2. Main Spillway, concrete runway handles excess amounts. You don't get to collect electricity on this, but you maintain the lake level properly this way by opening or closing the gates.

    3. Emergency spillway. It's the backup if there is any problem with the Main Spillway (as happened here). Never been used before this event. Only can be used if water runs over the top lip, like a bathtub too full. Has no gates. Has a concrete lip, but then water runs over dirt/rock/trees. Problem is, the backup design sucks, because it just erodes itself. See photos in prior post.

    Thus, after flipping back and forth between erosion on both of the spillways to get rid of excess, they have gone back to the Main Spillway. That will hopefully erode safer than the backup.

    Wait until rains are over in 1-2 months to see if the mountain held.

  12. #57
    True Blue Golden Bear NYCGOBEARS's Avatar
    Join Date
    Jan 2012
    Location
    The Island of Manhattan
    Posts
    24,263
    Quote Originally Posted by oskirules View Post
    Five year cycles, yes, but the overflow has never been used in the dam's history.
    Thus the lack of urgency in an expensive repair.

  13. #58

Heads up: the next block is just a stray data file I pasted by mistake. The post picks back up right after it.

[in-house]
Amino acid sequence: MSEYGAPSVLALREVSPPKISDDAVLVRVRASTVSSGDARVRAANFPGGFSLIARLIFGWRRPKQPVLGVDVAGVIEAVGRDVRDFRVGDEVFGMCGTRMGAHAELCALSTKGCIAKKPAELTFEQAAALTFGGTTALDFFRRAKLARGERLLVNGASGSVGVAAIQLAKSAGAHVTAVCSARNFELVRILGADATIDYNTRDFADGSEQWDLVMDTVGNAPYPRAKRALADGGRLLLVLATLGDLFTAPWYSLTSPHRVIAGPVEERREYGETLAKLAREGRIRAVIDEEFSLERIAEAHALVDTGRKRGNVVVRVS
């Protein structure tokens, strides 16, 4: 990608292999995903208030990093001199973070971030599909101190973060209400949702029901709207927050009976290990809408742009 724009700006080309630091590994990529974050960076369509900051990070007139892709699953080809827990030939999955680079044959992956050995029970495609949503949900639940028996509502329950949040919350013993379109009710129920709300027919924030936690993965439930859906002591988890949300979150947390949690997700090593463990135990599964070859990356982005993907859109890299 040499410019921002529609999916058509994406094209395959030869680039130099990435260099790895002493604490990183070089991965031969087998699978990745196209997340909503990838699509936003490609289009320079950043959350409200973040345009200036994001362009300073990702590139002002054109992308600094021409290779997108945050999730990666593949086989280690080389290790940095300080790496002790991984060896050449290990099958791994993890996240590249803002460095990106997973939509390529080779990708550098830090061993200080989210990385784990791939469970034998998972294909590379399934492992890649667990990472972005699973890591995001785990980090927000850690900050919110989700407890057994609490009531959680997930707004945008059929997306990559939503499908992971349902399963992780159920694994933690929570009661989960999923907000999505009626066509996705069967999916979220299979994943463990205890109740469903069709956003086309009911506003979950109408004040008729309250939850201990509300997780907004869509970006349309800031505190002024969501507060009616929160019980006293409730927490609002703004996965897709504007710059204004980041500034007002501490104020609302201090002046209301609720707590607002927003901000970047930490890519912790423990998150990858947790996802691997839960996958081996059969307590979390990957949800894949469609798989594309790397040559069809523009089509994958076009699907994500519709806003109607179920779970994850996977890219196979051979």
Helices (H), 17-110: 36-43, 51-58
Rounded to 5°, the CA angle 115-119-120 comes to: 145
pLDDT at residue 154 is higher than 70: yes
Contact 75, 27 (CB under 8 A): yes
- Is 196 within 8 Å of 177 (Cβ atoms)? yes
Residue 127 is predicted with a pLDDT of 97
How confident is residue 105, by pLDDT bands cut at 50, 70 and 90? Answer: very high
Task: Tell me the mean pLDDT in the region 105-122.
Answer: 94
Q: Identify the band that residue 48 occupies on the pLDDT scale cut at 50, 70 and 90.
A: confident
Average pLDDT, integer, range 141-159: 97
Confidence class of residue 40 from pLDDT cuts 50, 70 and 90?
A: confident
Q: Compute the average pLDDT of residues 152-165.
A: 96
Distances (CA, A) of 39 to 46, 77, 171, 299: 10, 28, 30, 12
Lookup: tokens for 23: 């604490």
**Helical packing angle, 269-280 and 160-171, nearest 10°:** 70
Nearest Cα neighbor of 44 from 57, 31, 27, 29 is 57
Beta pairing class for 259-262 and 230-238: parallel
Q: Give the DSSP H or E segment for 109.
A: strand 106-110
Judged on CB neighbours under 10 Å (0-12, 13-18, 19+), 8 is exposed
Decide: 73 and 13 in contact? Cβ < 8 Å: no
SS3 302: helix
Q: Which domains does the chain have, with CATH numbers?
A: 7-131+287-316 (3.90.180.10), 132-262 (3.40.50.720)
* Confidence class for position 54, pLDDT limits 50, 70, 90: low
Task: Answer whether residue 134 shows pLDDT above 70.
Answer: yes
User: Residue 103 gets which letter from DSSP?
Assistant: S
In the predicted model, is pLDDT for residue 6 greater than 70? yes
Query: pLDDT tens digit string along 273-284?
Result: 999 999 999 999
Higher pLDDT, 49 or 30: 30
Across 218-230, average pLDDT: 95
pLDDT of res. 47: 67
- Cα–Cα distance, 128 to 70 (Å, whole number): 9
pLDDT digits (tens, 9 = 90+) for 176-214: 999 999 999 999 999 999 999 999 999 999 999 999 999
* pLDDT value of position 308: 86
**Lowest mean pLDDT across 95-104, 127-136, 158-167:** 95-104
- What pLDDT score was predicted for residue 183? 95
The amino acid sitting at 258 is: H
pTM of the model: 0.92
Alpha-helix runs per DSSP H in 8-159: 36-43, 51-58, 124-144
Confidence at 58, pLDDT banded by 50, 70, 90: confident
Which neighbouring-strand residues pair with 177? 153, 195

Quote Originally Posted by oskidunker View Post
    How could the guy in charge of the dam say he was not aware of the 2005 report that said the emergency overflow should be reinforced with concrete? Was he hired yesterday? Would it have been prudent to be aware if the history of the dam?

    Maybe a better reply would have been,"I knew about that but we were not given the money to do it". Likely truth
    You get paid to not be a problem

  14. #59
    Quote Originally Posted by sp4149 View Post
    Unless the lake is full, the only way for water to exit is from the penstocks at the bottom of the dam, whether or not the water is used for generation.

    Spillways can only be used if the lake is full, although some concrete dams have internal spillways that can be used even if the lake is not full.

    Emergency spillways are a feature of an earth filled dam. Concrete dams like Hoover and Shasta do not have emergency spillways. Instead water flows over the top of the concrete
    dam with no danger of erosion. Also concrete dams typically have the main spillway built into the dam; however due to the danger of erosion, earth fill dams will have their spillways
    physically separated from the dam to protect the dam from erosion by the spillway.

    Dam operators can open the penstocks and release extra water in excess of the needs for power generation
    to lower the dam level in anticipation of spring runoff. However increased water releases at higher pressures due to higher lake
    levels can create major erosion and water flow damage downstream. Dam operators may try and maintain